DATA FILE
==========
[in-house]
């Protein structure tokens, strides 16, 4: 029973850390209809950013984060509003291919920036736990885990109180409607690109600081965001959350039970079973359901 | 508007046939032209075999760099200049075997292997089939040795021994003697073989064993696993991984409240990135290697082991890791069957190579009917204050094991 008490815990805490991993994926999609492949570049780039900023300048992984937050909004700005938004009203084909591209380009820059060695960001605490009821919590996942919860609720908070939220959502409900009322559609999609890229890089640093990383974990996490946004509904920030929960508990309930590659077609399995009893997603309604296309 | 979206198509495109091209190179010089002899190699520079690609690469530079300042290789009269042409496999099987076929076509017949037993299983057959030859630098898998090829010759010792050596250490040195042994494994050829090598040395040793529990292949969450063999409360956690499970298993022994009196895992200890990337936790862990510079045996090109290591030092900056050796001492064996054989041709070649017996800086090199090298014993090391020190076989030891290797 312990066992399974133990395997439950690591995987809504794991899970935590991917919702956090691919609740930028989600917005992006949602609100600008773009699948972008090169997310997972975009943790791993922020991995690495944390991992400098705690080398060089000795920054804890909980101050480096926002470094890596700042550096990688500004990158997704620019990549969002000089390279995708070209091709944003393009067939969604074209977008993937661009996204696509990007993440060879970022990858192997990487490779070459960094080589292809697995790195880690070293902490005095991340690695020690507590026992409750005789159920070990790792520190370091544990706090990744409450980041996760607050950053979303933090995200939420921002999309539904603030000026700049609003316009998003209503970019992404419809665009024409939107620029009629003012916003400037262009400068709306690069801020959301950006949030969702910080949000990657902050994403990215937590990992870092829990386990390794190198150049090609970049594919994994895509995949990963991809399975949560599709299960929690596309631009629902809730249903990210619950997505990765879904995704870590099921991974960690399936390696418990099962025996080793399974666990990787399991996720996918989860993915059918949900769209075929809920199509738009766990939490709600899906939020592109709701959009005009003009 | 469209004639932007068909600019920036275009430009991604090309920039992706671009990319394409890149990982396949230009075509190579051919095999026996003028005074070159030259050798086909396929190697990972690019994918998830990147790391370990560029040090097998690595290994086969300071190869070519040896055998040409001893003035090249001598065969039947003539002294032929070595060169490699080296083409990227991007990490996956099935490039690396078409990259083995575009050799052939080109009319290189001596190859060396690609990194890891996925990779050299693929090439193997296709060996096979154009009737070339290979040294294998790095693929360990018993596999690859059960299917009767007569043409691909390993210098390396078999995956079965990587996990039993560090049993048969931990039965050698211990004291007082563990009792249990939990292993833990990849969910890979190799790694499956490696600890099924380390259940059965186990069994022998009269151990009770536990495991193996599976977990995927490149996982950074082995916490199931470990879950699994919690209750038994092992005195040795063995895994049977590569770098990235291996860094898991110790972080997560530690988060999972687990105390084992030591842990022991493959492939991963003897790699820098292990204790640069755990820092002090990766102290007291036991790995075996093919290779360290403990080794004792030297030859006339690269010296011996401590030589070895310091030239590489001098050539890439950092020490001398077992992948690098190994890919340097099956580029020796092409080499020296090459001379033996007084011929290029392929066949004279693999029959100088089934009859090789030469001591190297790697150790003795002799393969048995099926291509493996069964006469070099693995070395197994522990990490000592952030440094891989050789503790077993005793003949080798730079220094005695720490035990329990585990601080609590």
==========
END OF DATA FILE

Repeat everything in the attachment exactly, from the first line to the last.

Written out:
[in-house]
């Protein structure tokens, strides 16, 4: 029973850390209809950013984060509003291919920036736990885990109180409607690109600081965001959350039970079973359901 | 508007046939032209075999760099200049075997292997089939040795021994003697073989064993696993991984409240990135290697082991890791069957190579009917204050094991 008490815990805490991993994926999609492949570049780039900023300048992984937050909004700005938004009203084909591209380009820059060695960001605490009821919590996942919860609720908070939220959502409900009322559609999609890229890089640093990383974990996490946004509904920030929960508990309930590659077609399995009893997603309604296309 | 979206198509495109091209190179010089002899190699520079690609690469530079300042290789009269042409496999099987076929076509017949037993299983057959030859630098898998090829010759010792050596250490040195042994494994050829090598040395040793529990292949969450063999409360956690499970298993022994009196895992200890990337936790862990510079045996090109290591030092900056050796001492064996054989041709070649017996800086090199090298014993090391020190076989030891290797 312990066992399974133990395997439950690591995987809504794991899970935590991917919702956090691919609740930028989600917005992006949602609100600008773009699948972008090169997310997972975009943790791993922020991995690495944390991992400098705690080398060089000795920054804890909980101050480096926002470094890596700042550096990688500004990158997704620019990549969002000089390279995708070209091709944003393009067939969604074209977008993937661009996204696509990007993440060879970022990858192997990487490779070459960094080589292809697995790195880690070293902490005095991340690695020690507590026992409750005789159920070990790792520190370091544990706090990744409450980041996760607050950053979303933090995200939420921002999309539904603030000026700049609003316009998003209503970019992404419809665009024409939107620029009629003012916003400037262009400068709306690069801020959301950006949030969702910080949000990657902050994403990215937590990992870092829990386990390794190198150049090609970049594919994994895509995949990963991809399975949560599709299960929690596309631009629902809730249903990210619950997505990765879904995704870590099921991974960690399936390696418990099962025996080793399974666990990787399991996720996918989860993915059918949900769209075929809920199509738009766990939490709600899906939020592109709701959009005009003009 | 469209004639932007068909600019920036275009430009991604090309920039992706671009990319394409890149990982396949230009075509190579051919095999026996003028005074070159030259050798086909396929190697990972690019994918998830990147790391370990560029040090097998690595290994086969300071190869070519040896055998040409001893003035090249001598065969039947003539002294032929070595060169490699080296083409990227991007990490996956099935490039690396078409990259083995575009050799052939080109009319290189001596190859060396690609990194890891996925990779050299693929090439193997296709060996096979154009009737070339290979040294294998790095693929360990018993596999690859059960299917009767007569043409691909390993210098390396078999995956079965990587996990039993560090049993048969931990039965050698211990004291007082563990009792249990939990292993833990990849969910890979190799790694499956490696600890099924380390259940059965186990069994022998009269151990009770536990495991193996599976977990995927490149996982950074082995916490199931470990879950699994919690209750038994092992005195040795063995895994049977590569770098990235291996860094898991110790972080997560530690988060999972687990105390084992030591842990022991493959492939991963003897790699820098292990204790640069755990820092002090990766102290007291036991790995075996093919290779360290403990080794004792030297030859006339690269010296011996401590030589070895310091030239590489001098050539890439950092020490001398077992992948690098190994890919340097099956580029020796092409080499020296090459001379033996007084011929290029392929066949004279693999029959100088089934009859090789030469001591190297790697150790003795002799393969048995099926291509493996069964006469070099693995070395197994522990990490000592952030440094891989050789503790077993005793003949080798730079220094005695720490035990329990585990601080609590």